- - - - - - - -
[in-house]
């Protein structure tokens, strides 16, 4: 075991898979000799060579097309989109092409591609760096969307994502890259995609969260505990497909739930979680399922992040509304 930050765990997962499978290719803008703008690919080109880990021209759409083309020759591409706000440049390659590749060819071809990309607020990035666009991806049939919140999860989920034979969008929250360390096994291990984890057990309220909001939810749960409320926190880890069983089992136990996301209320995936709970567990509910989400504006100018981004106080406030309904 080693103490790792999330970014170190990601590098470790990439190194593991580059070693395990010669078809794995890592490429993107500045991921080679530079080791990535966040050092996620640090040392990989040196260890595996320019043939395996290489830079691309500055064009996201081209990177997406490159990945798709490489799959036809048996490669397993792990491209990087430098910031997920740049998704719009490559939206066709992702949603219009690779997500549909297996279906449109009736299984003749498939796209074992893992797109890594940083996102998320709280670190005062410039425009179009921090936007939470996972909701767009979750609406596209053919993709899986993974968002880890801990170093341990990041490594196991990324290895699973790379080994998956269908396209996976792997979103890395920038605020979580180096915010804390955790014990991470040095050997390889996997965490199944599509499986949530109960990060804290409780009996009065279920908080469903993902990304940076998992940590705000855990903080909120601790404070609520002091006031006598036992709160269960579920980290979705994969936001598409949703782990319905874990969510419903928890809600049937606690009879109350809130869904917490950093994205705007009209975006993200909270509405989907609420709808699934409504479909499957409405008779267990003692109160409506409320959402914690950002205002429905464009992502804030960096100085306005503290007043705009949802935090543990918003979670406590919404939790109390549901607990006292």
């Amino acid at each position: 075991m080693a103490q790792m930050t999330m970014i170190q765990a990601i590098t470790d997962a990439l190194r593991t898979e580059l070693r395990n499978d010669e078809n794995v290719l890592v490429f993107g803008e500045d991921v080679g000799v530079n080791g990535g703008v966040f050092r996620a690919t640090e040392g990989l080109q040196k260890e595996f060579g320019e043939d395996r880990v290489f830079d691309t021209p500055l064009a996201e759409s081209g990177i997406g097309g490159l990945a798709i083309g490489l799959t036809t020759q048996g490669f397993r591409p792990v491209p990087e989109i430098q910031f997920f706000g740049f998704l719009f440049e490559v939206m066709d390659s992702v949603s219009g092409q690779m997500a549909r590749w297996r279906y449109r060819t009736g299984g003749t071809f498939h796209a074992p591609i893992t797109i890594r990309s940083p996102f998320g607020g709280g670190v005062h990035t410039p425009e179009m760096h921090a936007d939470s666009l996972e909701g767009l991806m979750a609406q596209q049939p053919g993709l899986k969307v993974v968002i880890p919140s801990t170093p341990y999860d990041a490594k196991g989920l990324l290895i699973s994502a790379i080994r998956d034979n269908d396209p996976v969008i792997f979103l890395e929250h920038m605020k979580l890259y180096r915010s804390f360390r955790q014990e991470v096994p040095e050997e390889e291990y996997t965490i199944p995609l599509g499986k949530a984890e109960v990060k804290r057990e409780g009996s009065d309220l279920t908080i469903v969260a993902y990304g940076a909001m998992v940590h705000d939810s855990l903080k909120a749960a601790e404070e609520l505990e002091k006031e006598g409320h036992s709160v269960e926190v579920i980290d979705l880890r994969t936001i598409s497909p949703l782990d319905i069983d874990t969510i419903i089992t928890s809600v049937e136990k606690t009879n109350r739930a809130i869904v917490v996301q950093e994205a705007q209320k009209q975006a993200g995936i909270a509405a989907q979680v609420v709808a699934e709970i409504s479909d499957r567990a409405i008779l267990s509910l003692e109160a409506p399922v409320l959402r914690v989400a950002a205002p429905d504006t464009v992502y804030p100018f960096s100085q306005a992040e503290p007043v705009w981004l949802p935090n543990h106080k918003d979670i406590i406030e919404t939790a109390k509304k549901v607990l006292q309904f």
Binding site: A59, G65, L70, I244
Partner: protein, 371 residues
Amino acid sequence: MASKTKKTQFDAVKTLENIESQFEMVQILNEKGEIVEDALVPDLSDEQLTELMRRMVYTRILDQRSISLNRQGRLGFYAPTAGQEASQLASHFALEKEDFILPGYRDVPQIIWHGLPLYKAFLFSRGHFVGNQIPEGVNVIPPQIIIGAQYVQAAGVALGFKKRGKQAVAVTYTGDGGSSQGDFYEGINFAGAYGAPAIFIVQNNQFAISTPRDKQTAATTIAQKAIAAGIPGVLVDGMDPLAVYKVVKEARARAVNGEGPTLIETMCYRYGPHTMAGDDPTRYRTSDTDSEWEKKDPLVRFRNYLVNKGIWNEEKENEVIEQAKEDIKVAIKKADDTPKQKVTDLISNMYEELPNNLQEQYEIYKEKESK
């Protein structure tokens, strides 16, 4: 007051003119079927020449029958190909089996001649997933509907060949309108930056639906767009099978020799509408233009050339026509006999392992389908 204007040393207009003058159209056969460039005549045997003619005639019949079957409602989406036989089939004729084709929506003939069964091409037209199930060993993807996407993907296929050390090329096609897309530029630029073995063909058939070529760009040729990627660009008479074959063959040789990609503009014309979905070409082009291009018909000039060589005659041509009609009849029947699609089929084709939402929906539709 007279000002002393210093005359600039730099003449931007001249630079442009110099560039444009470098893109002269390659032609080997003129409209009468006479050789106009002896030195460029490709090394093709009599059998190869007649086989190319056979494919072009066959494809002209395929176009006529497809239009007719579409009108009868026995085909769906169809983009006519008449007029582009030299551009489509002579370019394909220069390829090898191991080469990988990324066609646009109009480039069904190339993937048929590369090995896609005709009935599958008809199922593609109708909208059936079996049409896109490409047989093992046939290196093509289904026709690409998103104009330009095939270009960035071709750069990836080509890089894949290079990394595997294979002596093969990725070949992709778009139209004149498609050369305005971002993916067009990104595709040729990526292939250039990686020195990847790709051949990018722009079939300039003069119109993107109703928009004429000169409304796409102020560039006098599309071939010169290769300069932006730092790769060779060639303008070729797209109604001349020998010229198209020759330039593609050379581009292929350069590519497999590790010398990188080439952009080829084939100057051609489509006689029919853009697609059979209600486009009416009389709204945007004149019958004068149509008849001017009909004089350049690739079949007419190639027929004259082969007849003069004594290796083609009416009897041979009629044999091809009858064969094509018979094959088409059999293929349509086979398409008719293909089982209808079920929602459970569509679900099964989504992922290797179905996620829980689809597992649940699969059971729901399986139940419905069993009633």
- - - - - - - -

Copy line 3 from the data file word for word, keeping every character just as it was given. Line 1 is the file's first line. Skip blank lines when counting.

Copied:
């Amino acid at each position: 075991m080693a103490q790792m930050t999330m970014i170190q765990a990601i590098t470790d997962a990439l190194r593991t898979e580059l070693r395990n499978d010669e078809n794995v290719l890592v490429f993107g803008e500045d991921v080679g000799v530079n080791g990535g703008v966040f050092r996620a690919t640090e040392g990989l080109q040196k260890e595996f060579g320019e043939d395996r880990v290489f830079d691309t021209p500055l064009a996201e759409s081209g990177i997406g097309g490159l990945a798709i083309g490489l799959t036809t020759q048996g490669f397993r591409p792990v491209p990087e989109i430098q910031f997920f706000g740049f998704l719009f440049e490559v939206m066709d390659s992702v949603s219009g092409q690779m997500a549909r590749w297996r279906y449109r060819t009736g299984g003749t071809f498939h796209a074992p591609i893992t797109i890594r990309s940083p996102f998320g607020g709280g670190v005062h990035t410039p425009e179009m760096h921090a936007d939470s666009l996972e909701g767009l991806m979750a609406q596209q049939p053919g993709l899986k969307v993974v968002i880890p919140s801990t170093p341990y999860d990041a490594k196991g989920l990324l290895i699973s994502a790379i080994r998956d034979n269908d396209p996976v969008i792997f979103l890395e929250h920038m605020k979580l890259y180096r915010s804390f360390r955790q014990e991470v096994p040095e050997e390889e291990y996997t965490i199944p995609l599509g499986k949530a984890e109960v990060k804290r057990e409780g009996s009065d309220l279920t908080i469903v969260a993902y990304g940076a909001m998992v940590h705000d939810s855990l903080k909120a749960a601790e404070e609520l505990e002091k006031e006598g409320h036992s709160v269960e926190v579920i980290d979705l880890r994969t936001i598409s497909p949703l782990d319905i069983d874990t969510i419903i089992t928890s809600v049937e136990k606690t009879n109350r739930a809130i869904v917490v996301q950093e994205a705007q209320k009209q975006a993200g995936i909270a509405a989907q979680v609420v709808a699934e709970i409504s479909d499957r567990a409405i008779l267990s509910l003692e109160a409506p399922v409320l959402r914690v989400a950002a205002p429905d504006t464009v992502y804030p100018f960096s100085q306005a992040e503290p007043v705009w981004l949802p935090n543990h106080k918003d979670i406590i406030e919404t939790a109390k509304k549901v607990l006292q309904f």